On a longer timescale, I have been thinking about the mind and perception. I read something a few months ago in which someone mentioned the basic problem faced by the idea that our perceptions resemble reality, which is that you can never confirm the resemblance: it is not as if you could compare the perception with the reality itself! I have been thinking about why that is nonsense, and why it is not obviously such.

The implicit image is one of a person looking at a moving picture in their mind and wondering if it is a picture of reality, with nothing more than other moving pictures to judge by. As if our consciousness were stuck in a scale model of Plato's Cave in our heads, or a cinema with no exits.

In fact, the cinema has no screen and there is no image at all. Our perceptions do not resemble reality in any useful sense, and would be of no use if they did. Imagine that our minds constructed an image of the world in our heads: how would we then use that image? We would have to perceive the image in a similar way to the way we perceive the world. (And create another image?)

The temptation to imagine a perception as an image is a side-effect of an excessive concentration on vision. Those of us who are not blind tend to think of reality in visual terms, and it is not immediately nonsensical to imagine wanting to compare a reality conceived in visual terms with our visual perceptions, since we would apparently be comparing like with like. The problem is not, however, that the comparison is impossible, but that the idea of it is nonsensical. Reality is not a vision, although it can be seen.

Consider the other senses. How could a tractor resemble the sound of a tractor? Does garlic resemble its taste? A rose by any other name would not be comparable to the smell of a rose, and what thing might resemble the feeling of the warmth of the sun on your skin? Similarly, it is not a deficiency or a problem with our visual perceptions that their resemblance with reality cannot be confirmed, since there is no sense in which they could meaningfully be claimed to resemble reality, or even resemble an image of it.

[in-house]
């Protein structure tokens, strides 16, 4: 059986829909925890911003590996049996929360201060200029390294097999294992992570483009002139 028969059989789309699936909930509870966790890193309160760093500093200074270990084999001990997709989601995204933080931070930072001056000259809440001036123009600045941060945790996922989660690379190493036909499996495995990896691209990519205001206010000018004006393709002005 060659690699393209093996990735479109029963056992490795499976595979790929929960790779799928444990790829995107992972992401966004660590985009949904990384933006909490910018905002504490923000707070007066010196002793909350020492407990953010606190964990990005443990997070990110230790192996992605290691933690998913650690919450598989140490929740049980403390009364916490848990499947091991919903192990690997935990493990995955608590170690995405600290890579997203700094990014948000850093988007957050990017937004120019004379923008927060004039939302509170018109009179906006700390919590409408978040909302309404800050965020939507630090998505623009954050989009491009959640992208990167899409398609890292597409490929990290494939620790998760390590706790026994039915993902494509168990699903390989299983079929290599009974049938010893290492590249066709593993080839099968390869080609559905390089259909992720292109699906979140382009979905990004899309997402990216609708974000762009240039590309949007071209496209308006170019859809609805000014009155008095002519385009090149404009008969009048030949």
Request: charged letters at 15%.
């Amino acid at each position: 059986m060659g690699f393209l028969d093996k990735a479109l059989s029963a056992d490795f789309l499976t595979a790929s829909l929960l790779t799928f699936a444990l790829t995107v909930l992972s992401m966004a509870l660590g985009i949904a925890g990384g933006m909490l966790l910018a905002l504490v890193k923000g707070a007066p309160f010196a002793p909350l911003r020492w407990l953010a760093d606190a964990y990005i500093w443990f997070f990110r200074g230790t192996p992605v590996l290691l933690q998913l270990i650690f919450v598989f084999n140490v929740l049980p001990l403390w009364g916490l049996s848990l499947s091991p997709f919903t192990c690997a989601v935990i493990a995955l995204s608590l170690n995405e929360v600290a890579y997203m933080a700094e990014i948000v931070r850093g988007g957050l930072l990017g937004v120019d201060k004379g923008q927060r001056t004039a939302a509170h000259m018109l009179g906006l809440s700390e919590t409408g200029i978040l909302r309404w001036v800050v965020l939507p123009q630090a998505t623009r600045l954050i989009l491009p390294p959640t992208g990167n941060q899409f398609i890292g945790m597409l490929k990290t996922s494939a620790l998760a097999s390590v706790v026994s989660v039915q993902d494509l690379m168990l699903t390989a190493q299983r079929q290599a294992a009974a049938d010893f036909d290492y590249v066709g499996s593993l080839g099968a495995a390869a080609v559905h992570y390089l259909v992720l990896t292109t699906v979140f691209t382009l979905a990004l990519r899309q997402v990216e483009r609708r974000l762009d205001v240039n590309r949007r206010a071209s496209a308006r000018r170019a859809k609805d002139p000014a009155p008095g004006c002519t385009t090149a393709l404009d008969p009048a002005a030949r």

In the real world, if we want to check the accuracy of our visual perception of, let us say, a tree, we go up to the tree and look at it from a different angle, smell it, feel it, hear the wind in its leaves, and possibly even taste it (or parts of it). In the doorless cinema image of mind and perception what we are doing is examining a model in our mind, or in a part of our mind – a part that in the 17th Century was referred to as the 'sensorium'. But there is no evidence for the existence of this model, and whatever the mind might do with the results of that investigation it could equally well do with the results of an investigation of the real tree.

Not only does the cinema have no screen, it has no walls. The world itelf is the sensorium. We do not passively face a model in our minds with no indication of where it came from, but actively explore the world that moves us. That truly moves us: action requires motivation, and therefore emotion: at the root of our intellectual comprehension of the world is our emotional engagement with it. It can please us and it can hurt us: the cinema has no roof either, the rain comes in and makes things grow.

Given the risks of interaction with a dangerous world, it is understandable if people at some point remain content with the things they have learned and build a roof over their lives to keep the rain out. It is possible to create a kind of model in the mind, representing those parts of reality we need to cope with the routine of a protected life, and to let things dry out in safety. Emotion is confined to desiring the attained, intellect to maintaining it.

The appreciation and creation of music demand that what would thus be channelled and separated remains whole and alive. It can be abused for temporary relief in an otherwise intolerable life. Or it can help us knock the walls down before they are built, blow off the roof, let the rain in and let things grow.

I looked at my calendar today and realised it was the 4th (technically, although I normally divide my days by sleep). For some reason I couldn't recall what I had done on the 4th of July 2 months ago, so I checked in my little diary-like-thing (I hate the word diary, makes me sound like a 12 year old girl).

I went fishing, really quite boring to write about but I liked the style it was written so I read a few more days. I laughed when I came across THIS on July 8:

I’m not that crazy. I mean, some people talk to their stuffed animals, some people have imaginary friends. Some people talk to their pets, some people talk to people on the internet. I talk to a leaf. So shoot me.

Don't take this out of context, really all I had done that day was cut holes in a leaf for eyes and a mouth and had an imagined conversation with it (there was nothing better to do). I got stoned that day too.